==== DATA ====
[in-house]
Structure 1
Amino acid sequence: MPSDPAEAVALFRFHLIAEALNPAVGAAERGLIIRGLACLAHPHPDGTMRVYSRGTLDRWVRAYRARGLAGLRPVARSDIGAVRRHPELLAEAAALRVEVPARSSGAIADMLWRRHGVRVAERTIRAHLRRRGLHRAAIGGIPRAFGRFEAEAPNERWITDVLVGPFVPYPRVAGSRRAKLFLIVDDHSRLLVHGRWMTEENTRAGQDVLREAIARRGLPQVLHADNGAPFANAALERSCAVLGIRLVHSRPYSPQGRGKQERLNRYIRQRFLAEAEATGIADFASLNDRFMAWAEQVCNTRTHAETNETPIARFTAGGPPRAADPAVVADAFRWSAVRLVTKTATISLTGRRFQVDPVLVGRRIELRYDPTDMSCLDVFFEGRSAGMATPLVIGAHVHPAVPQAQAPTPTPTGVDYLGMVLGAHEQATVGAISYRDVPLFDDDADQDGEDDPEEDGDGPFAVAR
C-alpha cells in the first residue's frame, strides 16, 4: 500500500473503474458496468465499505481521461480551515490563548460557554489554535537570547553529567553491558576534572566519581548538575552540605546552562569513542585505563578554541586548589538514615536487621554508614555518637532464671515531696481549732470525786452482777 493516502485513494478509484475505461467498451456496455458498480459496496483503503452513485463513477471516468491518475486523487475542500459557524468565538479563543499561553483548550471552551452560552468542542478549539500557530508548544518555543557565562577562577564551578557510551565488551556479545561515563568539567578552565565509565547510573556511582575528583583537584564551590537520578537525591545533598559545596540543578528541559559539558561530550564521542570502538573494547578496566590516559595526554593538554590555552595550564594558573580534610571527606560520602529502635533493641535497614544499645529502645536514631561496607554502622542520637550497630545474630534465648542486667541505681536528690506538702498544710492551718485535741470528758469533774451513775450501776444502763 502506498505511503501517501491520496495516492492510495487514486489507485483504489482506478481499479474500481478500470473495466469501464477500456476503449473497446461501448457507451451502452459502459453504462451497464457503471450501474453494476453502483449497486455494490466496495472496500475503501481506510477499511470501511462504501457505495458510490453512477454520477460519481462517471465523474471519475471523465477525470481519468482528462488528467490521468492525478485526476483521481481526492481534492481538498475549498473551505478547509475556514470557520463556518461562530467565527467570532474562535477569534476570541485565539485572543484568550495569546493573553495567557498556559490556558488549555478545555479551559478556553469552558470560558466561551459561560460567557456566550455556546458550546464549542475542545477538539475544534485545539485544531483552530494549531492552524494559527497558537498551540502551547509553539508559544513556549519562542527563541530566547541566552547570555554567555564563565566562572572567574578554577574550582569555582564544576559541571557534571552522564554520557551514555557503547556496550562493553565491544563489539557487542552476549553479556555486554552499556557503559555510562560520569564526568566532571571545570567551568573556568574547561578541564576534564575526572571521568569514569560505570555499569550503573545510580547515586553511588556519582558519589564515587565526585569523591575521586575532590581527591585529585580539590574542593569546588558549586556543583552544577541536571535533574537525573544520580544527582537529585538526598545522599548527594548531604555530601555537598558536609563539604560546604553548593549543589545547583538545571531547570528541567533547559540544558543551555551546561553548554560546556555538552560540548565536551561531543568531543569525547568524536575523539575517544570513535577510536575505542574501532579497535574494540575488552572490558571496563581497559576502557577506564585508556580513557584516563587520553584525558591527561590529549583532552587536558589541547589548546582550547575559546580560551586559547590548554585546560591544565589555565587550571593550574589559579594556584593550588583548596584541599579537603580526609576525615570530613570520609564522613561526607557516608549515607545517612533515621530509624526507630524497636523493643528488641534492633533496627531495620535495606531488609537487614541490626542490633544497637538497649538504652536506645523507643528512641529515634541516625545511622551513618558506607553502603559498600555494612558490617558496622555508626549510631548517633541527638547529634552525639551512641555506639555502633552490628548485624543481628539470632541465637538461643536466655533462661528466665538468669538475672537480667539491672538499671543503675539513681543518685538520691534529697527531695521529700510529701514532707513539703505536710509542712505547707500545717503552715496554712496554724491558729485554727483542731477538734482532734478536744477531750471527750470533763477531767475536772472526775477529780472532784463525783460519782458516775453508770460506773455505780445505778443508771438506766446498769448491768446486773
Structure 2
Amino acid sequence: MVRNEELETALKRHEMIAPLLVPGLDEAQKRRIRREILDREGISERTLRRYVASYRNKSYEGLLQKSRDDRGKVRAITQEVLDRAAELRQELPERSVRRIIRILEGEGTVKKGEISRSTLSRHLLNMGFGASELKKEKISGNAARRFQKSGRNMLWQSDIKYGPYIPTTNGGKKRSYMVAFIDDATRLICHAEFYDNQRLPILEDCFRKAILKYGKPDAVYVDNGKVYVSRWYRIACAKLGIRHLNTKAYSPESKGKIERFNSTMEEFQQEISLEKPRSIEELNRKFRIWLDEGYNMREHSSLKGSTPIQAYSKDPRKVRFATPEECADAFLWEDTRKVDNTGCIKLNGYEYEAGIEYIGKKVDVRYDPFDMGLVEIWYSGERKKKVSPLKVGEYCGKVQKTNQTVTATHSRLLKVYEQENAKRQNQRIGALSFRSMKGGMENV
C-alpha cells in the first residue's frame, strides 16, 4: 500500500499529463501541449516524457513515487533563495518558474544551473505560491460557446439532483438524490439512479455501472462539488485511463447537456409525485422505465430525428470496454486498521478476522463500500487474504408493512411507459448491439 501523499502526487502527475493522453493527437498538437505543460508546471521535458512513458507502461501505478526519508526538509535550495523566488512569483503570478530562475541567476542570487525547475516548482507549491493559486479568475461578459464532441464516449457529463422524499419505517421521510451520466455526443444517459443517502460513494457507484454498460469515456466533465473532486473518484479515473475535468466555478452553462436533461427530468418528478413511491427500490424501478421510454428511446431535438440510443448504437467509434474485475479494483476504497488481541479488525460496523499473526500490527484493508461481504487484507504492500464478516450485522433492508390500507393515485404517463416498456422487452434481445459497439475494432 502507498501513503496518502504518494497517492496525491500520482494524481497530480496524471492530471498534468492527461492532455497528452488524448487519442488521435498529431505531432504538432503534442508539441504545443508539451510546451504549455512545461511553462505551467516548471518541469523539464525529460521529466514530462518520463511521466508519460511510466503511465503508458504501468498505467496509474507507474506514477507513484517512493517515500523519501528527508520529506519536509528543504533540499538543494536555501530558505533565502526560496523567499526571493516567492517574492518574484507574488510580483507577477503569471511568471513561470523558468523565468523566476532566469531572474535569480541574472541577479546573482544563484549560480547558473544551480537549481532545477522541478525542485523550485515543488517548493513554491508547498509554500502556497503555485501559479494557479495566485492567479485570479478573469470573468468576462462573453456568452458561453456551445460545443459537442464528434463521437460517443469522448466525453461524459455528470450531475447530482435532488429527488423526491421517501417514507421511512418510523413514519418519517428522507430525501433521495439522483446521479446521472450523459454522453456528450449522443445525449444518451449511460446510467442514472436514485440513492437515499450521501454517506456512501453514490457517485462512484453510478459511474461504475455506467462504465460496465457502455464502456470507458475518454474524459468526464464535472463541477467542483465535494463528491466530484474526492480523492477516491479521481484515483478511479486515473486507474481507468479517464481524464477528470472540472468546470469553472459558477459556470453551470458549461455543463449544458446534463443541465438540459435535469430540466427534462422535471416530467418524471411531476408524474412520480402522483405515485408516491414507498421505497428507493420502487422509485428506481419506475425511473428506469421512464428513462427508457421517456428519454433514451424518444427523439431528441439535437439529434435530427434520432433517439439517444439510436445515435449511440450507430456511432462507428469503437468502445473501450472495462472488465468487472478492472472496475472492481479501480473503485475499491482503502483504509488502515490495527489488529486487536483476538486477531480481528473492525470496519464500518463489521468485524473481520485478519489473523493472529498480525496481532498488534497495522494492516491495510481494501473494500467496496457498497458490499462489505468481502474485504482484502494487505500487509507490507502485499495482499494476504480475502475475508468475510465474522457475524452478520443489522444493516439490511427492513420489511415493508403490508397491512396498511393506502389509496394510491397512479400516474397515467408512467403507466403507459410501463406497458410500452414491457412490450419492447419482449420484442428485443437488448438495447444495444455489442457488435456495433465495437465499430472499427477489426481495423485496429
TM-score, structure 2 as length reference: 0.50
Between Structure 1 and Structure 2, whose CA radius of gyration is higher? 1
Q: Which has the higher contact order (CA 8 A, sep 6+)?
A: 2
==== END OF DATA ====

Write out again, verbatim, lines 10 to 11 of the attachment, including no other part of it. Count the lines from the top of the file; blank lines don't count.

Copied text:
Q: Which has the higher contact order (CA 8 A, sep 6+)?
A: 2